Integrity: Silver In The Hands Of Time
Integrity - Silver In The Hands Of Time - [Dockyard1]


Integrity is as unknown a band as Pentagram, and though unrelated by style the two have one other thing in common; both are very influential bands, which are said to be a major influence in creating new styles metal back in the day. Pentagram contributed a lot to the creation of sludge and doom, while Integrity made their donation to the creation of metalcore.

This brainchild of Dwid Hellion (unlike his other one, the techno/hardcore project Psywarfare) was formed in 1988/1989 and infused hardcore and thrash in a way that was uncommon at the time. The mixture was raw, much like uncooked sheep's stomach filled with other internal organs (or in short – Haggis), and even got more bizarre when Hellion started to put in industrial/techno samples. The band's early years sound was not only Dwid's work but was also attuned by Lenny and Aaron Melnick (guitarist & bassist), who gave a thick-as-hell bass backbone and a traditional filthy & muffled hardcore guitar distortion wall. Integrity is indeed hard to define, and this 21-track collection of singles and rarities certainly doesn't help.
The best way to define what they do would be "Oldschool"; few are the ones who make such music these days, with actual amps and low-cost/ low-quality production, depending exclusively on the material to speak for itself. And boy, this material shouts, kicks and screams as if it were a three year old deliberately having a tantrum.
Dwid's throaty voice is as sharp and a surgeon's scalpel yet as disease infested as a dumpster in an abandoned slaughterhouse, right on the edge between hardcore shouts and thrash-like aggressive singing, and leads most of these short attacks some will refer to s songs throughout most of this release.

Opener "Live it down" sets the bass-laden tone for the next four songs, up until "Harder They Fall" and "March Of The Damned", slower tracks which mix Slayer and Motörhead in some murky and unexplained way, along with a very old Metallica-like solo in the latter, same features in "Jimson Isolation".
Other points of reference are the borderline hardcore-punk/ thrash number "Darkness" and punk/crust crust number "Kingdom Of Heaven", Dwid's tormented vocals on "Rebirth" (doubtingly though a megaphone) and "Eighteen", one of the odd-balls here, with a melodic (!) opening guitar part, clean vocals, actual soloing guitar, and overall low tempo; this track must be here for a reason (though it might be a cover), for the following tracks are an ear-burning decrease in sound quality.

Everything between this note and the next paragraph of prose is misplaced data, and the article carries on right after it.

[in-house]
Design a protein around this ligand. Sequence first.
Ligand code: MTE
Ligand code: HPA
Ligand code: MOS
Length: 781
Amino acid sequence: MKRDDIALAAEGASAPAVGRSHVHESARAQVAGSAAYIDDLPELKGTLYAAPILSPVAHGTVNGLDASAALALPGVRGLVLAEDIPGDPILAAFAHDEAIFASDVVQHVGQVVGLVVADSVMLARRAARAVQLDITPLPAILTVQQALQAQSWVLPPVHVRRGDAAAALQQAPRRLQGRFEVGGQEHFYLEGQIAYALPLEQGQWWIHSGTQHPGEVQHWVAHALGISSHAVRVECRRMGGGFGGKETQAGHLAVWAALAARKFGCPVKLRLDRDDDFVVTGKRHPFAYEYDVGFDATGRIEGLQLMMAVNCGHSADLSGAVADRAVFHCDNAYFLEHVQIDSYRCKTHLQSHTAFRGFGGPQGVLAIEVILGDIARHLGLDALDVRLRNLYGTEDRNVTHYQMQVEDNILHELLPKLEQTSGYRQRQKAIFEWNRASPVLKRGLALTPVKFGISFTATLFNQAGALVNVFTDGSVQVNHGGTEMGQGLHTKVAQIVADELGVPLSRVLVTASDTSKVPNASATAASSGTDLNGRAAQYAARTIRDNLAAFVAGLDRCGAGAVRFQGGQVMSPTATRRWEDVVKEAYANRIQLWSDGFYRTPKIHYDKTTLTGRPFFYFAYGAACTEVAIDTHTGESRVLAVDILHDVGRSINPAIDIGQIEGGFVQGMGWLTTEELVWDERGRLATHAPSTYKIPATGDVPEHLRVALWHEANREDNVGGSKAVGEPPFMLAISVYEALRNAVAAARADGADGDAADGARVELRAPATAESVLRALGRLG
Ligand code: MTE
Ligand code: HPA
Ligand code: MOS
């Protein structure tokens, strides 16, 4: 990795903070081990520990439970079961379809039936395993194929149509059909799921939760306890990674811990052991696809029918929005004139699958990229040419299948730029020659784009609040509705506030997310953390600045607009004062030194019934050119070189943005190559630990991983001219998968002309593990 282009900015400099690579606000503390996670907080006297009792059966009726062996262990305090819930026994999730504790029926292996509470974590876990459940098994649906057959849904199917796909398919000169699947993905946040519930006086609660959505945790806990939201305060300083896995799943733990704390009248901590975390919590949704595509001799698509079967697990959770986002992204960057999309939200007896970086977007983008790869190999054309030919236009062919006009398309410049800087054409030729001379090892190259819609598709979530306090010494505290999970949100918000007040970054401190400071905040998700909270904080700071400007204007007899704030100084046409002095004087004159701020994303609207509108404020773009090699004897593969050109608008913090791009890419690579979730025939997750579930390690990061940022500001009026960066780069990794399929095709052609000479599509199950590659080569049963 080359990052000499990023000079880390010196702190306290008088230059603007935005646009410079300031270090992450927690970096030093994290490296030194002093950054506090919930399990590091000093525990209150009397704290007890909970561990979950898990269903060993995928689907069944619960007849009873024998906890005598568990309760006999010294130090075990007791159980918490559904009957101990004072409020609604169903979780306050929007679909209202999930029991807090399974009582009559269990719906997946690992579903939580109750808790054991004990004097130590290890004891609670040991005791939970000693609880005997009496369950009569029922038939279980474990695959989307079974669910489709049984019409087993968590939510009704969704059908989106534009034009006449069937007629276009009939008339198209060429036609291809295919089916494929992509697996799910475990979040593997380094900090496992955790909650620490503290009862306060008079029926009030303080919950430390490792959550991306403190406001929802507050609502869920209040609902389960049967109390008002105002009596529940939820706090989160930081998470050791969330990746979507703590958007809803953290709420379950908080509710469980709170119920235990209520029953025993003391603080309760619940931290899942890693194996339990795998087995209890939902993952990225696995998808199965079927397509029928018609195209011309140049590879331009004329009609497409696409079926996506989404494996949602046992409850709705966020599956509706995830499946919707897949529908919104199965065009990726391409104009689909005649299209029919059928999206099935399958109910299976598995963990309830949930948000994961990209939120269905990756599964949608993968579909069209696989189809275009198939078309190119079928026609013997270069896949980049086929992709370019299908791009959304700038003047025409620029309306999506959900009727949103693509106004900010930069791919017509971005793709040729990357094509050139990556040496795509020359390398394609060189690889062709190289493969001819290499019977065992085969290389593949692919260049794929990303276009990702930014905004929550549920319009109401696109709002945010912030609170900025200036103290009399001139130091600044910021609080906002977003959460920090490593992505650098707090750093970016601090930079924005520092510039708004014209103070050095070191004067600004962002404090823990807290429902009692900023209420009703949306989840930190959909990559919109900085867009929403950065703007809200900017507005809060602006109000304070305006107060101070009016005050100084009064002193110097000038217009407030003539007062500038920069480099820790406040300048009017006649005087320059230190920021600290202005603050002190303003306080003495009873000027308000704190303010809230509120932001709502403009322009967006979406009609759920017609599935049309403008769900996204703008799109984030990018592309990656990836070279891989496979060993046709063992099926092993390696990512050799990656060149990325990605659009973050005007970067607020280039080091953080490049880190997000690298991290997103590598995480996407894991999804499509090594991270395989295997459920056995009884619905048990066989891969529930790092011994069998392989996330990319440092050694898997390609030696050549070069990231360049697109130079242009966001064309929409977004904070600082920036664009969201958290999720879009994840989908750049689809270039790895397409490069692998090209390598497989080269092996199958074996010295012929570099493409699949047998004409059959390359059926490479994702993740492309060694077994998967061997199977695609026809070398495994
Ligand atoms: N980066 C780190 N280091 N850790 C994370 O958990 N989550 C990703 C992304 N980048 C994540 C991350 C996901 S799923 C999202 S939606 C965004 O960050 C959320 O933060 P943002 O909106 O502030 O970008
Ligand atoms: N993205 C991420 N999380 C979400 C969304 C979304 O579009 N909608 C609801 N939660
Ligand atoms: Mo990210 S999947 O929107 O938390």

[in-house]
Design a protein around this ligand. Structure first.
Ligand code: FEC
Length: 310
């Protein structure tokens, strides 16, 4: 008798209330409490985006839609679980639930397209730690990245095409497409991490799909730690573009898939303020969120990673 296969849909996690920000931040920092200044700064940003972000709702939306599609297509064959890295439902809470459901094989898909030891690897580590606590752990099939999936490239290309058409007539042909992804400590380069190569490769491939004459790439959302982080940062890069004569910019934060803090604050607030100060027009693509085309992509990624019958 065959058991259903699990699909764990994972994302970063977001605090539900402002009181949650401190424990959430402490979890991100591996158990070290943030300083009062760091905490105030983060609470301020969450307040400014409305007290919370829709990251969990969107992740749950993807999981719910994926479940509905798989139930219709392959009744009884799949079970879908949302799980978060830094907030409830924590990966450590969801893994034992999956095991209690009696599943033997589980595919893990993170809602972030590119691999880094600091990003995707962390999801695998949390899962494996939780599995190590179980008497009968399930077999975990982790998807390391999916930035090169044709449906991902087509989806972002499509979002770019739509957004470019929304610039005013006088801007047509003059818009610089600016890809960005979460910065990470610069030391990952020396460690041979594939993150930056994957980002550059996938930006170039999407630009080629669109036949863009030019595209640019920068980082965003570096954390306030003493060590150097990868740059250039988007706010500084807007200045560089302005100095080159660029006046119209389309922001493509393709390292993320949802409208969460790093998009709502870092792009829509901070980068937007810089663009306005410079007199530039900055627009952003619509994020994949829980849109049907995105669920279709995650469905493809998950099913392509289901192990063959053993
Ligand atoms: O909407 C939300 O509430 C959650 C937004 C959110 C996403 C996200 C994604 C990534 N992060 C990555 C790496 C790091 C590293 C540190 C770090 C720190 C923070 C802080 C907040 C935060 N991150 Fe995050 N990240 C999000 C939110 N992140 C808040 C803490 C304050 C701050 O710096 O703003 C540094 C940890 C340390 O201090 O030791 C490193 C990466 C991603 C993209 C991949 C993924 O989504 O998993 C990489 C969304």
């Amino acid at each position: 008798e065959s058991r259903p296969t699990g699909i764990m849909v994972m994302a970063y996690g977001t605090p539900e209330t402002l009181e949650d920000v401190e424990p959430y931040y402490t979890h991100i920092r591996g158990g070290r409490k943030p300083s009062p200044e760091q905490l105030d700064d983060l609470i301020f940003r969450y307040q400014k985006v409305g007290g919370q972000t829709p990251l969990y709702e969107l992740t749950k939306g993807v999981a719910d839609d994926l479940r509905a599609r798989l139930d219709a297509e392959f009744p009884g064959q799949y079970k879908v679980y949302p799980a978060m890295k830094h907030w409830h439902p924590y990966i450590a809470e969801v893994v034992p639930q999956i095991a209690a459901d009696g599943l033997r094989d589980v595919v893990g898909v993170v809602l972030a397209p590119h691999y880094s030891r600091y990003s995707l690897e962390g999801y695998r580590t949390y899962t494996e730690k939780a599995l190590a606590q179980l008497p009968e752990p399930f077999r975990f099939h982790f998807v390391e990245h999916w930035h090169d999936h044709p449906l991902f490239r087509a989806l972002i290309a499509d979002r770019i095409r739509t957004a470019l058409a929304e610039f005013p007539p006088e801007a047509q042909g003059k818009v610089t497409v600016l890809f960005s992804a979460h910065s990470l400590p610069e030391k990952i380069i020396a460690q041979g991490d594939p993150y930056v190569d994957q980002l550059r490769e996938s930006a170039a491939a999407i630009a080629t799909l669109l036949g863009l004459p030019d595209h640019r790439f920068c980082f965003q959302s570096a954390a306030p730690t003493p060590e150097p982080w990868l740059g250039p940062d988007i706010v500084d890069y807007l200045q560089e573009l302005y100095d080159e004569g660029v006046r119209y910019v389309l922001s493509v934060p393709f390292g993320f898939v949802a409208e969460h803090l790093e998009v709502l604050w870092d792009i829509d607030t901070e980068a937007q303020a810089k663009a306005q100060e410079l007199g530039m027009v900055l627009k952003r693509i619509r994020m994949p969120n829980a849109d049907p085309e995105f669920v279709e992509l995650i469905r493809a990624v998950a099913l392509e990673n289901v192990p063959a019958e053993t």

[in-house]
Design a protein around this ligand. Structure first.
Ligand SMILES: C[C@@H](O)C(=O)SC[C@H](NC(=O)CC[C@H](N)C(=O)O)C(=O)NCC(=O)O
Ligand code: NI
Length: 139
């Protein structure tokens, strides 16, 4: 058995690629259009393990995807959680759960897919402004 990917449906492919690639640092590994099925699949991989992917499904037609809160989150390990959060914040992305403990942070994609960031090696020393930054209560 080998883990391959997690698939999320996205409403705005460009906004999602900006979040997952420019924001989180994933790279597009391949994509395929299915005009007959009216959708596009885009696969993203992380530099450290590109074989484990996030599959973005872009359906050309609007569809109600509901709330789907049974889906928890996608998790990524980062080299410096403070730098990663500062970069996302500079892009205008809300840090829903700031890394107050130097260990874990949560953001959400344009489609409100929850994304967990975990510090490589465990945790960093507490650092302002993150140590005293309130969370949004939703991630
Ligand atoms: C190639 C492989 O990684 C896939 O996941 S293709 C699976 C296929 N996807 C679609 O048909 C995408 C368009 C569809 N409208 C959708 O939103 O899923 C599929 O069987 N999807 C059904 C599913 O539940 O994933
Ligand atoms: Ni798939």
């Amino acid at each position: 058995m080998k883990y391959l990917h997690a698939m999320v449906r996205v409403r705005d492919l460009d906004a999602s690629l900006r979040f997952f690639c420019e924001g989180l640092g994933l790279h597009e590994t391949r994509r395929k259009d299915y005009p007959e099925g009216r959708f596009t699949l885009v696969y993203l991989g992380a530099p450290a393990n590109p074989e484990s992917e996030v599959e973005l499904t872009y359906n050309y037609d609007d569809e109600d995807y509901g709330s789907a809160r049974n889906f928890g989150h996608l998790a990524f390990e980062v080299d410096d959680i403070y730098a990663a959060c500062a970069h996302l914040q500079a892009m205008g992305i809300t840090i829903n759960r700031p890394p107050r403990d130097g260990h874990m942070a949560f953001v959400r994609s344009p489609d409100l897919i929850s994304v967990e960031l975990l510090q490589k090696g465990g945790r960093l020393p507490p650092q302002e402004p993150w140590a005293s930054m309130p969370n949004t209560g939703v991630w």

From the demonic acts of "Sarin" through the guest appearance of Lemmy (from the aforementioned Motörhead, who are clearly a major influence) introducing himself and Integrity on "ATF Assault", and up until the second, odder, odd-ball "Silence Ever After" there's an even rawer version Integrity; "Silence Ever After", a long (9:29) pause from all the racketing in the form of an ambient, spacey (whispered voices, background guitar soloing & feedback, tribal drums, loops of keyboard) acid trip shows some of those electronic inputs Dwid is so fond of. But "Divinity In Exile" gets things back on track (though it still has some remains the electronic in the opening and closing seconds) and along with the messy "Change" has screams that could stand up to Slayer's Tom Araya, and the clutter continues in "Thaw".

The closing trio includes "Evacuate" which brings some of punk's smudginess, the strong & well-built "Jagged Divisions" (another highlight here) and the eerie noise of "Learn How To Die" as a suitable acid dripping finish.

Despite their noisy & raw mixture of different styles of metal, and low quality sound on this collection, Integrity undoubtingly have some historical value – and "Silver In The Hands Of Time" is a fine specimen of that, of their material and of Oldschool metal in general. Only question still standing is whether this release is worth a spin only for its historical value or as well as for the music Integrity make. Not an easy one (the album, not the answer).

Ofer Vayner

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